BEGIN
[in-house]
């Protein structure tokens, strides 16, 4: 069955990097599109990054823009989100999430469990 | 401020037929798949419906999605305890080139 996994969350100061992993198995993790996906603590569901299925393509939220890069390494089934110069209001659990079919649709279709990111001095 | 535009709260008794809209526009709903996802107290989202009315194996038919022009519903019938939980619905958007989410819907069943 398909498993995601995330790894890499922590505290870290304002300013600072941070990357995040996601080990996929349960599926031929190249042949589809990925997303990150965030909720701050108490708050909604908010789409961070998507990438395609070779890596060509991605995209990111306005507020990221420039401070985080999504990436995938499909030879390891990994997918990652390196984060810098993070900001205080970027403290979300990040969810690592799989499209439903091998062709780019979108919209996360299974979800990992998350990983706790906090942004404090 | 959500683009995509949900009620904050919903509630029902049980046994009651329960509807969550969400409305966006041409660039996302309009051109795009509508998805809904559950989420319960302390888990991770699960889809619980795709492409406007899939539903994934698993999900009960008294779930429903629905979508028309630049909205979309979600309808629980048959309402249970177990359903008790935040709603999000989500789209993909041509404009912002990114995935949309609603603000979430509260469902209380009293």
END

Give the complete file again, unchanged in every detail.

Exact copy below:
[in-house]
């Protein structure tokens, strides 16, 4: 069955990097599109990054823009989100999430469990 | 401020037929798949419906999605305890080139 996994969350100061992993198995993790996906603590569901299925393509939220890069390494089934110069209001659990079919649709279709990111001095 | 535009709260008794809209526009709903996802107290989202009315194996038919022009519903019938939980619905958007989410819907069943 398909498993995601995330790894890499922590505290870290304002300013600072941070990357995040996601080990996929349960599926031929190249042949589809990925997303990150965030909720701050108490708050909604908010789409961070998507990438395609070779890596060509991605995209990111306005507020990221420039401070985080999504990436995938499909030879390891990994997918990652390196984060810098993070900001205080970027403290979300990040969810690592799989499209439903091998062709780019979108919209996360299974979800990992998350990983706790906090942004404090 | 959500683009995509949900009620904050919903509630029902049980046994009651329960509807969550969400409305966006041409660039996302309009051109795009509508998805809904559950989420319960302390888990991770699960889809619980795709492409406007899939539903994934698993999900009960008294779930429903629905979508028309630049909205979309979600309808629980048959309402249970177990359903008790935040709603999000989500789209993909041509404009912002990114995935949309609603603000979430509260469902209380009293």